Volume 4, Issue 10, page 5

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Down Thru the Ages the Search for "
Yesterday, or Today,' May Be No

M UCH DISCUSSION has been given over
to the subject of knowledge in
the pages of The ABERREE. Let us
pursue the subject a little further. There are many kinds of knowledge.
A partial list would include the sciences, the humanities, the arts, theology,
mysticism, and such hard-to-classify ones
as "the Craft of Dying" and the philosophy expounded in the "Book of Changes".

Faced by such an "embarras du richesses " , as the French say, it would seem a
necessity to discover some method of winnowing the wheat from the chaff. This
subject has been given the name of " Epistemology " -- the theory of knowledge. As a
starting point, we can consider the subjects under the heading of "heuristic " --
often discussed but little written about.
Heuristic has to do with the learning
process used in advancing from the known
to the unknown.

One of the earliest works on heuristic
was a monograph by Pappus, discoverer of
the Pappus Rules, well known to geometers. Another was by Descartes. But the
most complete work I know of was assembled
by Francis Bacon, titled "The Advancement
of Learning". In our own day. Polya of
Stanford University has written "How to
Solve It". The great classic in physics
was Ernst Mach, who wrote the "Principles
of Mechanics" about 1910. Also, Sir Arthur Eddington wrote two books, "The Nature of the World" and "Philosophy of
Physical Science". Equally important is
Schrodinger's "What Is Life, and Other
Essays", published by Anchor in pocket
book form. Schrodinger was the discoverer
of the equation that bears his name
which revolutionized physics -- so much so
that anyone who is not familiar with at
least the broad outlines of his "wave mechanics" must be considered as not completely living in the 20th century.)
There is a vast gulf between the person
who believes that science is rigid and
that the course of matter is predictable
(as the scientists of the last century
believed), and the person who is acquainted with modern methods of indeterminacy,
relativity; and wave mechanics.

From the above we can conclude that a
scientific truth has a life of about 20
years before becoming obsolete. In engineering, about three years is about all a
reference book is up-to-date. As a working rule, when I read a book I always
look at the date of publication. Older
works are nonetheless valuable, as fash... mt _ n ntrnn r r
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ruth" Goes On, but What Was Science
ore than a Whimsicality Tomorrow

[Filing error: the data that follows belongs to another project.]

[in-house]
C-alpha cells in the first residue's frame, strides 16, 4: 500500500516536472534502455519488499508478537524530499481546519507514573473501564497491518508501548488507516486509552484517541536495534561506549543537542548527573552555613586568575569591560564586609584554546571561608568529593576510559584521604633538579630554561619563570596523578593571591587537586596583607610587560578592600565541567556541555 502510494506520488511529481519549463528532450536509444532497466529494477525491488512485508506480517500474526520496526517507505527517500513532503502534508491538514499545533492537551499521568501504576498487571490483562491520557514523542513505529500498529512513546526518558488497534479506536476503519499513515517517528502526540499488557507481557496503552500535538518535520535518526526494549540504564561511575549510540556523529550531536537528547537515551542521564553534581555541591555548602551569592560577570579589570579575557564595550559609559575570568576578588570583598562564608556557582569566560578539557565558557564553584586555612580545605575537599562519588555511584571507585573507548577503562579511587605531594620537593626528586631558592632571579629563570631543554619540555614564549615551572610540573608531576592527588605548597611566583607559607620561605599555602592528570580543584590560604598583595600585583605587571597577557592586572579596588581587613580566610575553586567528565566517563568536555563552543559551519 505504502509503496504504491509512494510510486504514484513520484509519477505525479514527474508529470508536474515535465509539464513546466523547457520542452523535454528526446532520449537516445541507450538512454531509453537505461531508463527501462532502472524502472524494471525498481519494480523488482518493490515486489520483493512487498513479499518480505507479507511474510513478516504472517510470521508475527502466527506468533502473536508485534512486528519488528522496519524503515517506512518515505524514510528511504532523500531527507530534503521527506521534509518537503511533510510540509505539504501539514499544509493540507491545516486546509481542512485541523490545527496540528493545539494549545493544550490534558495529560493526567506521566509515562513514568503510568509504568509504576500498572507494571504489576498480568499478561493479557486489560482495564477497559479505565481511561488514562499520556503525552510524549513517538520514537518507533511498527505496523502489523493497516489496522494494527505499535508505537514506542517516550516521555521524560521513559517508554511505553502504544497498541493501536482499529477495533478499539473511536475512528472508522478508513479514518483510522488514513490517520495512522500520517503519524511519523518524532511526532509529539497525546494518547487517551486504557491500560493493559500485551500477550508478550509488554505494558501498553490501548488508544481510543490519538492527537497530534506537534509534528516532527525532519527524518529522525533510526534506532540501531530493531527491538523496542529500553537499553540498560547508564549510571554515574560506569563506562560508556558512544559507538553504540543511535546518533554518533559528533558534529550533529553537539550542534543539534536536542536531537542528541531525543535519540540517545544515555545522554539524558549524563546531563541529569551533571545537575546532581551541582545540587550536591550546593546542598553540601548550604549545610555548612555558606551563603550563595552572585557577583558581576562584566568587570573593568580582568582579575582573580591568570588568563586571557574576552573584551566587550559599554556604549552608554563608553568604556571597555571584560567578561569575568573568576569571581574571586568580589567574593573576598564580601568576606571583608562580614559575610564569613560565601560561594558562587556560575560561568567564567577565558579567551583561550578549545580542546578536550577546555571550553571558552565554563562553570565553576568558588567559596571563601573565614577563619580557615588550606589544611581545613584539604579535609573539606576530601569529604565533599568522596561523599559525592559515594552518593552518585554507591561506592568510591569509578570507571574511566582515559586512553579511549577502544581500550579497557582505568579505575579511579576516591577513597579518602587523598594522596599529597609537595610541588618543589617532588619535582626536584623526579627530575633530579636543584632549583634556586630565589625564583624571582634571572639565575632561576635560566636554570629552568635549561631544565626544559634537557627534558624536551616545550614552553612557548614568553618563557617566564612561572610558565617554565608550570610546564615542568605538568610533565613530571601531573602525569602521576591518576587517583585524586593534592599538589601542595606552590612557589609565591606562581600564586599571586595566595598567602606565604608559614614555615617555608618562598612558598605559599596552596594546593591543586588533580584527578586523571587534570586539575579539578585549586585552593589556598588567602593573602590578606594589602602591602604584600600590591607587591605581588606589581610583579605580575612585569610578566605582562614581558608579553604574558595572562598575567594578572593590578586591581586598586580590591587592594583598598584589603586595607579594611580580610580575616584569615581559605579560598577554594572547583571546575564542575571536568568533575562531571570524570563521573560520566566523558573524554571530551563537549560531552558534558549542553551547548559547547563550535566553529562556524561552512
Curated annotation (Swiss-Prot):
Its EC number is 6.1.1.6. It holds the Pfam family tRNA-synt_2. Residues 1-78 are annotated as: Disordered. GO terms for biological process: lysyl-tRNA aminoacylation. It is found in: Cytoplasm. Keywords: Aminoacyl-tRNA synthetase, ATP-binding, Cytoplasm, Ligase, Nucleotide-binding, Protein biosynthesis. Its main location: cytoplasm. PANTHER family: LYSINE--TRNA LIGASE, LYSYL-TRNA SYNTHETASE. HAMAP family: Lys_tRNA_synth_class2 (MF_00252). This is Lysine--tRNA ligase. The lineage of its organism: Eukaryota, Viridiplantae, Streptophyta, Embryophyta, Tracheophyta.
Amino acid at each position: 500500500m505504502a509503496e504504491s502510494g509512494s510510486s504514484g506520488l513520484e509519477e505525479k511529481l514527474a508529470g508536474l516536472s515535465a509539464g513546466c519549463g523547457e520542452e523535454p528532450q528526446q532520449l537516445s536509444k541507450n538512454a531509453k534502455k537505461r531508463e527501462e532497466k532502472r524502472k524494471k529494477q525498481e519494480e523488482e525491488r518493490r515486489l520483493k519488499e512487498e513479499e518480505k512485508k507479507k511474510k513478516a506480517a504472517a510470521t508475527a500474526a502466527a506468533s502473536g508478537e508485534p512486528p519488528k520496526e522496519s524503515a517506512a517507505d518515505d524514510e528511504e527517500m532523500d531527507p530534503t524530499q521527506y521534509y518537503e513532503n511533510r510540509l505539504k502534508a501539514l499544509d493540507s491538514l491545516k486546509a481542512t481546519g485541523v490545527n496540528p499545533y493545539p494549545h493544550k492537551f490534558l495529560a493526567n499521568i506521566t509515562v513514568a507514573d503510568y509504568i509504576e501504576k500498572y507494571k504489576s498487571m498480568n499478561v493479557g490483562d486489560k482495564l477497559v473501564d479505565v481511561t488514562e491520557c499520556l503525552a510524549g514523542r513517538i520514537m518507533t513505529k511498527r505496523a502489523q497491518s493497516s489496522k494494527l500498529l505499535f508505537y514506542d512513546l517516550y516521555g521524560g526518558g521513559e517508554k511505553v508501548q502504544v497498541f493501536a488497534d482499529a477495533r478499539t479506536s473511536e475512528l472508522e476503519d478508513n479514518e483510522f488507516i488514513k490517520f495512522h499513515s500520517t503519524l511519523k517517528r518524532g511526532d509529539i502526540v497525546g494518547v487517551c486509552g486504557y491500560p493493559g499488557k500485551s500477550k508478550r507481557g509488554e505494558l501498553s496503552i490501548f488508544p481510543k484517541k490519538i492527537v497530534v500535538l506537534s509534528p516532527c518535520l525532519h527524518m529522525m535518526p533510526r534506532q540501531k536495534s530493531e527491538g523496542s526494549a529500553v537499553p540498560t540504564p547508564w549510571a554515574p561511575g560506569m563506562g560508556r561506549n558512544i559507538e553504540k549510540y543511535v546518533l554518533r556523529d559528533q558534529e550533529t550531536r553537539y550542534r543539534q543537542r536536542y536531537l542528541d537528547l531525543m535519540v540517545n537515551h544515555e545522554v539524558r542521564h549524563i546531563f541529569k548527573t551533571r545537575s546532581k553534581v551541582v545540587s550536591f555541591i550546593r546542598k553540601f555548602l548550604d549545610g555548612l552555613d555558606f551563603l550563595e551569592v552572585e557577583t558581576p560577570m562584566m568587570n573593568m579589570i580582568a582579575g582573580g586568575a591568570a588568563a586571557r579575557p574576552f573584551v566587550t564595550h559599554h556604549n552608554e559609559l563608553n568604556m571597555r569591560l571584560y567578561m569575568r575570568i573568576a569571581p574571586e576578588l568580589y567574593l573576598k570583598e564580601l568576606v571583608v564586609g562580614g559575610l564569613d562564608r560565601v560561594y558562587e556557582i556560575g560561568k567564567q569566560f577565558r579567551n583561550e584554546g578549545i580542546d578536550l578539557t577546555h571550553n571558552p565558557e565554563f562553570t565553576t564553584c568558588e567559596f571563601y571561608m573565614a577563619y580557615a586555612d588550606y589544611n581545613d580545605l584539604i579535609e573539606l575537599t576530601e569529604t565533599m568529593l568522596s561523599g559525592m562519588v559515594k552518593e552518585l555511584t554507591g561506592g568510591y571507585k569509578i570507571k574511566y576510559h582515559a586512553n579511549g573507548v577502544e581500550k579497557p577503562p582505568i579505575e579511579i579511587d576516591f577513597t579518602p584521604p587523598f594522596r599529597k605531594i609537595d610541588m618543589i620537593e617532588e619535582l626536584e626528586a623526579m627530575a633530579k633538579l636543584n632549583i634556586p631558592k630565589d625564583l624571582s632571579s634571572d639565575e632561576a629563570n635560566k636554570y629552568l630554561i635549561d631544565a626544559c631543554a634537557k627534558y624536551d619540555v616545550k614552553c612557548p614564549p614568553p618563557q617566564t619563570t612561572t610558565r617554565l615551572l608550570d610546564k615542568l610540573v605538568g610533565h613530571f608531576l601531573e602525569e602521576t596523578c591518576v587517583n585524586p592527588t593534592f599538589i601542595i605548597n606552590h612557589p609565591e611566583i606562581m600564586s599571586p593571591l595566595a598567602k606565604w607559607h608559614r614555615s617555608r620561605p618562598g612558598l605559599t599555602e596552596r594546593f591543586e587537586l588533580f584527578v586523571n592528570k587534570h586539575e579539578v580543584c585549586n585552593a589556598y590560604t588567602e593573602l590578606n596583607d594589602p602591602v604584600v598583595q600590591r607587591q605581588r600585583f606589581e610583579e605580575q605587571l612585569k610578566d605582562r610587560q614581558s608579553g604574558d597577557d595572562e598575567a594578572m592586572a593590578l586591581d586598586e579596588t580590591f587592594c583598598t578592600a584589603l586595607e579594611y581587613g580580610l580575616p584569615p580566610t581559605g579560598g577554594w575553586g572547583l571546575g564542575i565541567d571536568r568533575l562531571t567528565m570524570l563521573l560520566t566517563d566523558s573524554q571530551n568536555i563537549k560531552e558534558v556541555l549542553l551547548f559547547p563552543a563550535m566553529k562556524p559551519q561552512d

ions in books change almost as fast as
do feminine styles. As an example, the
19th Century produced clear and understandable mathematics texts, that being
the period when Cauchy set "The Calculus"
(from the Roman word for stone, hence
counting stone, as counting on fingers --
hence calculus, to count) on a solid
foundation, or when Richard Dedekind and
George Cantor clarified arithmetic w i t h
the aid of the famous Dedekind "split" or
"cut". This has an intimate connection
with The ABERREE, as many readers of The
ABERREE are interested in the "fourth dimension", astrology, numerology. But numerology is a hand-me-down from the Pythagorean cult which said "Number is all".
Now we say "We have his number", meaning
we know "all" about him ; and the Bible
speaks of the "number of the beast". In
Greek thought, numbers could even marry!
But mathematics has progressed from simple numbers to complex numbers, imaginary
numbers, vectors, tensors, matrices, and
determinants. It has been a source of
amusement to speculate on how the numerologist would handle an irrational number, let alone a transcendental...They
seem to get around that by ignoring anything which does not fit into their little scheme. They do not use decimals or
even fractions.

What goes for number theory goes
equally well for astrology -- that decadent
remnant of Chaldean science. But it is
only about three centuries since Theophrastus Bombastus von Hoenheim, otherwise Paracelsus, began to advance medical
science from the miasma of the Middle
Ages. But friend Bombastus still believed
that minerals grew under the earth like
plants, warmed by radiations from the
planets. Personally, I prefer Fred Hoyle's
discussion of the origin of the Earth in
"Frontiers of Astronomy", also available
as a pocket-book.

The present age has produced a rash of
weighty obtuse tomes which delight in
dragging in Greek, German, and other symbols, far different from the delightful
"Two New Sciencesr' by Galileo or Bishop
Berkely. Berkely, on perception, is almost a must for evaluation of reports by
"eye-witnesses". The problems on that are
two-fold. First, the hunan eye is an imperfect instrument with a blind spot,
night blindness, lagging reaction time,
etc. And second, whatever is observed has
to pass thru the brain, where it is subject to all manner of distortion from